July, 1, 2004

Inch By Inch



My father, a master salesman if ever there was one, had a motto that served him well in his business dealings. "A 'no' is always a maybe," he would say, "and a maybe is always a 'yes'."

In light of the ridiculous conditions laid down last week by VDOT Commissioner Phillip Shucet for saving Clarkton Bridge, one might be tempted to question this bit of wisdom. Shucet, who gave bridge supporters a week to come up with $1.5 million to bring the structure up to VDOT standards, doesn't exactly exude an air of reasonableness as Clarkton Bridge's would-be executioner. Still, Shucet's "concession" shows that even ol' Stonewall himself is susceptible to public pressure. It's not much of a crack in VDOT's position, but it's a start.

Obviously, no one 'round these parts is going to come up with one and half million dollars to save an abandoned bridge in roughly the same amount of time it might take you or me to get around to visiting an ATM. Shucet's conditions for halting the bridge's demolition can only be construed as a slap in the face not only of local activists, but local governments, too, that have toiled to preserve this wonderful historic asset. A million and a half dollars in a week? Does Mr. Shucet require a check, or will credit cards do?

The risk that Shucet runs with such an absurd demand is that it plays into the worst stereotypes of VDOT. When has the transportation department ever done anything in a week? More to point, there are authoritative people out there who openly say that the $1.5 estimate for saving the bridge is ludicrous. Bill Wescott, a veteran bridge builder and North Carolina civil engineer interviewed by this newspaper, called the figure "crazy." If, as Wescott and others contend, the bridge can be safety converted into a pedestrian walkway for $250,000, what does that say for VDOT's costing department?

The battle for Clarkton Bridge is gaining headway on the political front, with Lt. Governor Tim Kaine and Fifth District Congressional candidate Al Weed jumping into the fray. Weed, facing an uphill battle to unseat incumbent Virgil Goode, has solid credentials as a historical preservationist - he serves as the Fifth District's trustee on Virginia Land Conservation Trust Fund - but he lacks the platform from which to challenge VDOT'S, decision. Still, Weed seems intent on forcing Virgil Goode to get involved in the issue, too, a very savvy plan indeed. (Just another sign that Weed would be a fine replacement for our current congressman.) Kaine, of course, is Virginia's official number two and is running for governor next year. His voice matters. And again, if Kaine adopts the cause of Clarkton Bridge as his own, his prospective rival in the 2005 gubernatorial race, Attorney General Jerry Kilgore, won't be far behind.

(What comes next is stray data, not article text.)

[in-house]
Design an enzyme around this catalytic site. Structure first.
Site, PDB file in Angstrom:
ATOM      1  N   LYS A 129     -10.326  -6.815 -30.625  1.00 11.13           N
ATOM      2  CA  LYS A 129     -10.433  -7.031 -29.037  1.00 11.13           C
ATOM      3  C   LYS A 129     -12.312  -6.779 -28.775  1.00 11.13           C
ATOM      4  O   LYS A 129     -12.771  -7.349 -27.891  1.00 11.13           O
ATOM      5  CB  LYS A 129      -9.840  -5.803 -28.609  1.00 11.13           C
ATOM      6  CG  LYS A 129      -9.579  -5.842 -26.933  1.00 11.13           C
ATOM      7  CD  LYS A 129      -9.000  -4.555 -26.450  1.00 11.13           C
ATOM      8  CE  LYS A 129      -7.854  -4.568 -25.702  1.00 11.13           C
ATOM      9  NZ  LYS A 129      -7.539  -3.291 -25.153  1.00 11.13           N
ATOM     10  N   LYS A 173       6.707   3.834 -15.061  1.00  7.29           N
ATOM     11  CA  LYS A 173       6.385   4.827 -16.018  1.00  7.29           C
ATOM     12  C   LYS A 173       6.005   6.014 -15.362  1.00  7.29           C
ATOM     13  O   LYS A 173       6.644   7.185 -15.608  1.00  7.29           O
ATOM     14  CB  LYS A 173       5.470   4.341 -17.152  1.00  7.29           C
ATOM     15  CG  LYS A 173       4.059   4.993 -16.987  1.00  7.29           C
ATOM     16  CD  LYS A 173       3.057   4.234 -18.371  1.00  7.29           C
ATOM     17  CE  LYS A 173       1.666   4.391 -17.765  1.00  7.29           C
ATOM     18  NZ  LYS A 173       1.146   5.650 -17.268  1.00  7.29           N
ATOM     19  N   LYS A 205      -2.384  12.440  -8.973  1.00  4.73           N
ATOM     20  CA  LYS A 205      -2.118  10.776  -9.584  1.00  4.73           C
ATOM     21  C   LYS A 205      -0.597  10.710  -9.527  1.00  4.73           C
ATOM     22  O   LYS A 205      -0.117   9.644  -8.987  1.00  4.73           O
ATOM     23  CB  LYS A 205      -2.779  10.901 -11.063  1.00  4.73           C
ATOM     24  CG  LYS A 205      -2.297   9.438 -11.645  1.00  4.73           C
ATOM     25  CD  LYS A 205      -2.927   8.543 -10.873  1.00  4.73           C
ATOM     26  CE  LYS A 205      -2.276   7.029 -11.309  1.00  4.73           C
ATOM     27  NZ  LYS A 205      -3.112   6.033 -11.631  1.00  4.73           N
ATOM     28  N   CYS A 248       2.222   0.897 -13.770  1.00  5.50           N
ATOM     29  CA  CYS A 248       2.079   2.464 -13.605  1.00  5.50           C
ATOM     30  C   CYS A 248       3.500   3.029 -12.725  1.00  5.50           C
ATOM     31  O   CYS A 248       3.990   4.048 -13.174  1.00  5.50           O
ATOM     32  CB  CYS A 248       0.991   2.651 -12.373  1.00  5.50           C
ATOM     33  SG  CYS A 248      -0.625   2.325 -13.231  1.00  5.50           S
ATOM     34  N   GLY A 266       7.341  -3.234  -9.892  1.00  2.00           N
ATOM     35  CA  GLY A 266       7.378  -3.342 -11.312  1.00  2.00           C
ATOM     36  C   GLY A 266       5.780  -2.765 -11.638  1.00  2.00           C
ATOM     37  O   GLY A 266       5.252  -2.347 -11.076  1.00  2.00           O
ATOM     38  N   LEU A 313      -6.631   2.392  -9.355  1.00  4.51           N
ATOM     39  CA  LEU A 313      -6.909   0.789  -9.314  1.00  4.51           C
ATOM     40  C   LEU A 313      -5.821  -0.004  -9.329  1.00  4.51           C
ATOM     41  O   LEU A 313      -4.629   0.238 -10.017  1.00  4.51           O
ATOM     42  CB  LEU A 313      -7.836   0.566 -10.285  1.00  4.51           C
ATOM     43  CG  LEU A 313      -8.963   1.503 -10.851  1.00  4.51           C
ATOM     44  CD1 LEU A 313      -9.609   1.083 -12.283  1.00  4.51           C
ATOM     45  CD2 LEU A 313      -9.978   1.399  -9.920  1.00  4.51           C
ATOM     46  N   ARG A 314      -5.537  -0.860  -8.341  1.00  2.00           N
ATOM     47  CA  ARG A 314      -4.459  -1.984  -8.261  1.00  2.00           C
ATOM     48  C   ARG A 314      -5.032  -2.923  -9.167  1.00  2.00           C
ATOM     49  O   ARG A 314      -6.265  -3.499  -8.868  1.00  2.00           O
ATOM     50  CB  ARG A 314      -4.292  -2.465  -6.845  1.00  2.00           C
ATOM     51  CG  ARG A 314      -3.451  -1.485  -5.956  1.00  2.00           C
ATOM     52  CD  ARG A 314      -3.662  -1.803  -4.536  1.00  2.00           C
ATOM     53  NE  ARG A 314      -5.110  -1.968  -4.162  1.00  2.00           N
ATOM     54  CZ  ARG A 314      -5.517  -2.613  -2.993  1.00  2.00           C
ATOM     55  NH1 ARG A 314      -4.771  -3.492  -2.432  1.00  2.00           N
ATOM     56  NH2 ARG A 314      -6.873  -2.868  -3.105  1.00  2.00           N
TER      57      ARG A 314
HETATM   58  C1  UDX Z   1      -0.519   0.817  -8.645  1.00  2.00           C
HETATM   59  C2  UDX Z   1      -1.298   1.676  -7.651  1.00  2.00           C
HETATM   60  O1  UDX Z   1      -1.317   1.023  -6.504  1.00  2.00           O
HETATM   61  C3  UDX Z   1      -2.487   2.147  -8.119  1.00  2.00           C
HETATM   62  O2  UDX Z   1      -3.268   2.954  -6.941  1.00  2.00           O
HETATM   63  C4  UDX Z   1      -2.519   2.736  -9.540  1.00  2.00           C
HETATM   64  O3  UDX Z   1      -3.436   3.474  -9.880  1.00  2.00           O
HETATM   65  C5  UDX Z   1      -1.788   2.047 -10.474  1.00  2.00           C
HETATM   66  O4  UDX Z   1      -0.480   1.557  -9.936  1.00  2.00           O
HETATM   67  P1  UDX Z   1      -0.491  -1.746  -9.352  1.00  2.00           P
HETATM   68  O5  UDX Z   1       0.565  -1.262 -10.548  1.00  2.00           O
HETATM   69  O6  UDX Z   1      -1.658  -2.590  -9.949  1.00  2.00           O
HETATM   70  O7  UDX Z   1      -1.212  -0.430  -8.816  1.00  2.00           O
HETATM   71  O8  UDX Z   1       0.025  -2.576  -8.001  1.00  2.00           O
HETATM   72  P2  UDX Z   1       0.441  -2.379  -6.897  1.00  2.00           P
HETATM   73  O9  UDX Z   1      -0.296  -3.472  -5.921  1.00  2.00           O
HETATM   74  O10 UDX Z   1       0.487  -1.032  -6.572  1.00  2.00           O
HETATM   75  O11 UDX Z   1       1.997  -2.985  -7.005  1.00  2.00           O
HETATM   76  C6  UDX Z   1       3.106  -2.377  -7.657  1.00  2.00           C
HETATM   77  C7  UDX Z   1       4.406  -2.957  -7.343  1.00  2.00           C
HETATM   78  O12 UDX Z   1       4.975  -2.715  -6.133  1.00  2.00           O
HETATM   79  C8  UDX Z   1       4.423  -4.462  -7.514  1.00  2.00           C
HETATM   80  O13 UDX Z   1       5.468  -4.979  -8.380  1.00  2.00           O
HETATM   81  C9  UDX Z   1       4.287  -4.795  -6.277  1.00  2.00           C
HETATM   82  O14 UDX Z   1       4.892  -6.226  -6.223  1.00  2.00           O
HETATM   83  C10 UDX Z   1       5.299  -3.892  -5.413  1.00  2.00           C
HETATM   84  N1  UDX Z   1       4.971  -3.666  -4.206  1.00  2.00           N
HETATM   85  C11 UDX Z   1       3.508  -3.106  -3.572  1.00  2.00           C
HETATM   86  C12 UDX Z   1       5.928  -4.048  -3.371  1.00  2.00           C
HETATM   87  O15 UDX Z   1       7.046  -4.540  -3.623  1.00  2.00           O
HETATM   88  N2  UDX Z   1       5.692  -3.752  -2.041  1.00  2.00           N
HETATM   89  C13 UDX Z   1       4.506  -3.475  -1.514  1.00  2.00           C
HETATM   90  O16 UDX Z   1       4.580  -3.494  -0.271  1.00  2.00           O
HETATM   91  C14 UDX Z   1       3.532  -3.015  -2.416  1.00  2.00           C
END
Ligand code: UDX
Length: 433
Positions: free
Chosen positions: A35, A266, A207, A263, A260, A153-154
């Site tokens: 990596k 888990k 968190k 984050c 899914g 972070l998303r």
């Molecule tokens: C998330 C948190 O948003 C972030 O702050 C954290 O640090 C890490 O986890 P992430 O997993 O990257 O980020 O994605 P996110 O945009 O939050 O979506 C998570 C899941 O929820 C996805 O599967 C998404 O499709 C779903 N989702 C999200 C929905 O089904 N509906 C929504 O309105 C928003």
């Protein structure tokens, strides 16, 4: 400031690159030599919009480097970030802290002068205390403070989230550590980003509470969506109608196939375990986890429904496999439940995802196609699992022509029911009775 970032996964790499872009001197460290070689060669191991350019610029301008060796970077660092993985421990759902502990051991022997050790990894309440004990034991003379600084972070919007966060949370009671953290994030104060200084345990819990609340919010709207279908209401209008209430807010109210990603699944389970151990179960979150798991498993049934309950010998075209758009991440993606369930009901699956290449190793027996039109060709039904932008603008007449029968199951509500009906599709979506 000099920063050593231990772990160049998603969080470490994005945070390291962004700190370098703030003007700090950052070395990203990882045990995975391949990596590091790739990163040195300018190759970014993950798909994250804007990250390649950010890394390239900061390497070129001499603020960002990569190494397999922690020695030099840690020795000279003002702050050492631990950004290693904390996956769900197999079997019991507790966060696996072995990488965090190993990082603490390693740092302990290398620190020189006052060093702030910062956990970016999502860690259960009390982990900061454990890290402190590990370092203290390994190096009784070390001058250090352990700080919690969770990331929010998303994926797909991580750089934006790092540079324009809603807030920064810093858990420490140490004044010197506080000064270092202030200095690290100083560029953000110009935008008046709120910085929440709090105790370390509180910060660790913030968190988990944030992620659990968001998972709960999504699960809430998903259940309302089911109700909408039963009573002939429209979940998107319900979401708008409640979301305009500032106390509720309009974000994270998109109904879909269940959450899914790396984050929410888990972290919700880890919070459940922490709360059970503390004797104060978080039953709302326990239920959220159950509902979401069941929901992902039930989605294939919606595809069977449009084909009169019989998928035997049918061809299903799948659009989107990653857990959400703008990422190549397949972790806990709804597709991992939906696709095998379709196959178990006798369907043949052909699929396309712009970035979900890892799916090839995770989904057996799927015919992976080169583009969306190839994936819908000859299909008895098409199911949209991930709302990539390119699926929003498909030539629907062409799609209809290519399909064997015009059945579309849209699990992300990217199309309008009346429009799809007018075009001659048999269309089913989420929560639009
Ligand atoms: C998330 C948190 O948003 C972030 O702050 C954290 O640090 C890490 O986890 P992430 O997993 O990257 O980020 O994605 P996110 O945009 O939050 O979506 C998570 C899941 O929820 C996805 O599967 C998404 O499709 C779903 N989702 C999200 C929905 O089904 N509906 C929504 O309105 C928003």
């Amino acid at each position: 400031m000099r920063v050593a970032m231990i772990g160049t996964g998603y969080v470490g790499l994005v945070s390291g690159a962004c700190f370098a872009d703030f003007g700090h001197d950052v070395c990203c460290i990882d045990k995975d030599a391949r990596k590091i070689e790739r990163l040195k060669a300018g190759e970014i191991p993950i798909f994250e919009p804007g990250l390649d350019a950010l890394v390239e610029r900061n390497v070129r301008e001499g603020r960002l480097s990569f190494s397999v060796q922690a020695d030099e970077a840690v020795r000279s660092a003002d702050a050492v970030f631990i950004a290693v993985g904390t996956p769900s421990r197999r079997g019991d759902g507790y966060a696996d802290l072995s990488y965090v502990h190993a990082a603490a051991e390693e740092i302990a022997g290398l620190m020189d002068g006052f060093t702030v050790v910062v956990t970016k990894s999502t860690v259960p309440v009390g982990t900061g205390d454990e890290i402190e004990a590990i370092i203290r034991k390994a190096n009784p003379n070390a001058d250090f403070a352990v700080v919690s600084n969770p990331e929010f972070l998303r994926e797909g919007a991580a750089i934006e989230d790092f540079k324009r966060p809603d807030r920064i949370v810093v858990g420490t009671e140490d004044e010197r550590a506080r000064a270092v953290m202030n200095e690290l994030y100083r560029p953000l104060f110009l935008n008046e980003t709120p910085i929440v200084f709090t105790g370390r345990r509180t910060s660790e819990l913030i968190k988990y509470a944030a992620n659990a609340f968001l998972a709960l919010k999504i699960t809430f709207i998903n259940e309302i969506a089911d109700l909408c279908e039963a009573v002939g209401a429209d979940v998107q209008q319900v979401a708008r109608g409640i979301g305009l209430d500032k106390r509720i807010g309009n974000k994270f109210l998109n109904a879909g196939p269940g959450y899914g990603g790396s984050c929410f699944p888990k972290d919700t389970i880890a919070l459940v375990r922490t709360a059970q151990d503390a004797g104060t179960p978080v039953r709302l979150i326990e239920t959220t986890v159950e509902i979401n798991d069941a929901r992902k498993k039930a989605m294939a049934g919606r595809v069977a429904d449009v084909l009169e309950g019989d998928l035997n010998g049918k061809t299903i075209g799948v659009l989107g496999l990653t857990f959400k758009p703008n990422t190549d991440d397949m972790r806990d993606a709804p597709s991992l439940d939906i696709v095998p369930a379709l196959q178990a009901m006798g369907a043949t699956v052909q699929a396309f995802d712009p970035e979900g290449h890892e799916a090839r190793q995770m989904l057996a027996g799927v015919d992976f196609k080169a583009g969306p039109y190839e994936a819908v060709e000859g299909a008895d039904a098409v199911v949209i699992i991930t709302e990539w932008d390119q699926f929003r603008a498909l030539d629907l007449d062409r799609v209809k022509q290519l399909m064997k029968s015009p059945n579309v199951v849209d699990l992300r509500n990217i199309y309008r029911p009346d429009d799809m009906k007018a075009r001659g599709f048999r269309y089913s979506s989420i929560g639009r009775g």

One of the rules of public life is that if you give an inch, others will try to take a yard. Shucet clearly thought it best to shoot down any hopes of saving Clarkton Bridge by adopting his original hard line position. Then, prodded by the citizenry of Halifax and Charlotte Counties, he gave an inch, albeit with a counteroffer that reeks of insincerity. But you know what? "No"s do have a way of turning into maybes. A may lead to a yes. With a little luck and steady pressure, it might just happen this time, too.